Young Vic brings `Iolanthe' new life

Music Review

July 16, 2002|By Tim Smith | Tim Smith,SUN MUSIC CRITIC

Is there possibly a place, in 2002, for a Victorian operetta that ends with a bubbly chorus of "Everyone is now a fairy"?

Of course there is. Gilbert and Sullivan's Iolanthe may seem, at first glance, like a rather tiresome example of the famed duo's output, what with its nutty mix of mortals, semi-mortals, supernatural beings - and peers of the realm, a species unto themselves. But, as the Young Victorian Theatre Company is demonstrating, there's a lot of mileage - comical and musical - left in this 1882 concoction.

Although it lacks the satirical edge of some G&S classics, not to mention the clever plot and taut pacing of the best, Iolanthe holds its own.

To begin with, there's the score. Sullivan hit quite a peak here, pouring out an extraordinary stream of stick-in-the-ear tunes and prismatic orchestrations. The overture alone is of unusually high value, especially since it's the only one of his he actually composed.

Every character, and group of characters, gets a defining musical portrait, from the "dainty little fairies" who occasionally sound more like elephants, to the members of the House of Lords who strut their stuff for the benefit of "ye lower middle classes." The Lord Chancellor, the ill-fated lovers Phyllis and Strephon, the Queen of the Fairies, Iolanthe (Strephon's fairy mother) and even the bit part of Private Willis of the Grenadier Guards all gain engaging qualities just from Sullivan's music.

This is not to slight Gilbert's libretto, which gets in some still-amusing lines and plenty of wordplay while working its creaky way to a denouement. (And let's face it. Thanks to a connotation Gilbert presumably never imagined, there's bound to be an extra laugh out of such exchanges as this - Phyllis: "Then I suppose you're a fairy?" Strephon: "I'm half a fairy." Phyllis: "Which half?")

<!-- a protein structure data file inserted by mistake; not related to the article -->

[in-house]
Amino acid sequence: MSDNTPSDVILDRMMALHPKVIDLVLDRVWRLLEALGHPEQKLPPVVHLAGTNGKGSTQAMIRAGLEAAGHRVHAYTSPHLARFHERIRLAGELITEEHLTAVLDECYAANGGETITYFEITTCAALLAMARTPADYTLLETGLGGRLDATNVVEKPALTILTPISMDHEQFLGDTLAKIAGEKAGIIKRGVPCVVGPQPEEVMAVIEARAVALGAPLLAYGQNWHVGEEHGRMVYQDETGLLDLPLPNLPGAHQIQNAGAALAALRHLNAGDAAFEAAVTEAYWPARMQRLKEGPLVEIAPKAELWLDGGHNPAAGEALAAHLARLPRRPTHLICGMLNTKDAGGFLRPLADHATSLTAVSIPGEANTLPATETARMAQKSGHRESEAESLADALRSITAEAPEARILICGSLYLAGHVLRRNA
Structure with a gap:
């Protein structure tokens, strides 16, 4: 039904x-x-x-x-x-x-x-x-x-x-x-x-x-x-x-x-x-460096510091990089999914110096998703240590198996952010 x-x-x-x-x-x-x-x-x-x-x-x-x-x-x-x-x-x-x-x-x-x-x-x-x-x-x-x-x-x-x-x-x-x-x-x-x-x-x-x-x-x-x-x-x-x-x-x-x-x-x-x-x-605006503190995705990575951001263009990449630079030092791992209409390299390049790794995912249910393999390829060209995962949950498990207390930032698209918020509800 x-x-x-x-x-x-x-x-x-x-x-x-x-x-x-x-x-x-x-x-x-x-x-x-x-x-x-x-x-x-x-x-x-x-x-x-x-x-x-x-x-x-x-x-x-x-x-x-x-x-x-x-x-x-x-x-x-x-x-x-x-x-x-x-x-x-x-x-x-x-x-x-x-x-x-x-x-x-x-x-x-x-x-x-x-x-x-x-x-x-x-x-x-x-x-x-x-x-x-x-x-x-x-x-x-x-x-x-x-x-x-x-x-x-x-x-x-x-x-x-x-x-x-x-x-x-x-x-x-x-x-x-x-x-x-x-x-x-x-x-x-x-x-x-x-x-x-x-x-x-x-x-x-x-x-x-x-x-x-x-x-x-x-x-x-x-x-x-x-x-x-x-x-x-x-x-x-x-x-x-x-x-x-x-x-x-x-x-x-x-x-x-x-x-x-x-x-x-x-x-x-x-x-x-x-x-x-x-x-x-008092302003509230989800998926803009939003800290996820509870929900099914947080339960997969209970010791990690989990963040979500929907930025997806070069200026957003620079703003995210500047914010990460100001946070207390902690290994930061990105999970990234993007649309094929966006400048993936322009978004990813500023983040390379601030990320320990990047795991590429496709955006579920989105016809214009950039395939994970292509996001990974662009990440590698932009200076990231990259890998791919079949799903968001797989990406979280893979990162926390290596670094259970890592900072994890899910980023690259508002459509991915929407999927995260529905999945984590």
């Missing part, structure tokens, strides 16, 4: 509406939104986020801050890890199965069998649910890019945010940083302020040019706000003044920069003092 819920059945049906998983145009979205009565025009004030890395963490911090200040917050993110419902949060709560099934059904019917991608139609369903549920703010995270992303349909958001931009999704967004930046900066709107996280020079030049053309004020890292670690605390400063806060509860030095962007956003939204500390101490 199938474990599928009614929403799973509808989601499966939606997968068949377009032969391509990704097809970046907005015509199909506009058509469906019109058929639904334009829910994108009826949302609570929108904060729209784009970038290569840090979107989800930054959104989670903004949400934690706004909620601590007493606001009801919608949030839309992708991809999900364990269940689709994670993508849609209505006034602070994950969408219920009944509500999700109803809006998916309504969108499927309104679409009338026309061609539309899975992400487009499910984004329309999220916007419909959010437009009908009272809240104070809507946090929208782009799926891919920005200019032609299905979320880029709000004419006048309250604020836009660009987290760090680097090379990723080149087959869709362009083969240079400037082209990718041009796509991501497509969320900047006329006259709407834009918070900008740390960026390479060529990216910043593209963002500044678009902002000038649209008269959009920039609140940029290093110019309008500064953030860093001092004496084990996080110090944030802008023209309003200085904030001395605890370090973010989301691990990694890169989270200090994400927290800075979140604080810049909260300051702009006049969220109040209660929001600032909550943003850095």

Director Roger Brunyate demonstrates genuine appreciation of the original comic potential in the dialogue, as well as the possibilities for milking it in fresh ways.

Occasional contemporary references have been inserted into the text, sometimes to cute effect (as when one of the fairies tosses in a Valley Girl's "Duh!?" or the sleep-starved Lord Chancellor appears with a Scooby-Doo pillow), sometimes with the trace of a thud (including several references to local politicos).

Brunyate has the action flowing quite smoothly and charmingly on the restricted space of the Bryn Mawr School's Centennial Hall; there's a respectful air of G&S tradition about his staging and simple scenic design, as well as Mary Bova's costumes. The director gets a mostly assured, lively response from the Young Vic troupe, which, as usual, mixes fairly seasoned performers with amateurs (but the kind who give amateurism a good name).

Also providing effective guidance is conductor J. Ernest Green. During Saturday night's opening performance, he may have missed a few subtle points in the score, but he kept the momentum chugging nicely and built climactic points with delightful brio. Except for the occasional patchy spot (the recurring, galumphing fugue associated with the Lord Chancellor proved particularly slippery), the small orchestra did spirited, vibrant work.

Amy Cofield's sweetly sung Phyllis was a boon. So was Ryan de Ryke's vocally sensitive, theatrically nimble turn as Strephon.

As the Lord Chancellor, German-born Nimrod Weisbrod faced some unavoidable problems with Gilbert's oh-so-British lines (especially the tongue-twisting aria "When You're Lying Awake"). But firm, colorful singing and abundant theatrical flair made him a thoroughly winning presence.

The title role was affectingly sung by Sarah Blaskowsky. Catrin Rowenna Davies did a smooth vocal turn as the Queen of the Fairies. Nicely pointed phrasing came from James Rogers (Lord Mountararat), William Martin (Lord Tolloller) and Christopher Douglas Rhodovi (Private Willis). At their best, the male and female choruses produced a hearty sound and carried out their respective shtick in good form.


Where: Centennial Hall, Bryn Mawr School, 109 Melrose Ave.

When: 8 p.m. Thursday-Saturday, 3 p.m. Sunday

Tickets: $27, $20 for children 12 and under

Call: 410-323-3077

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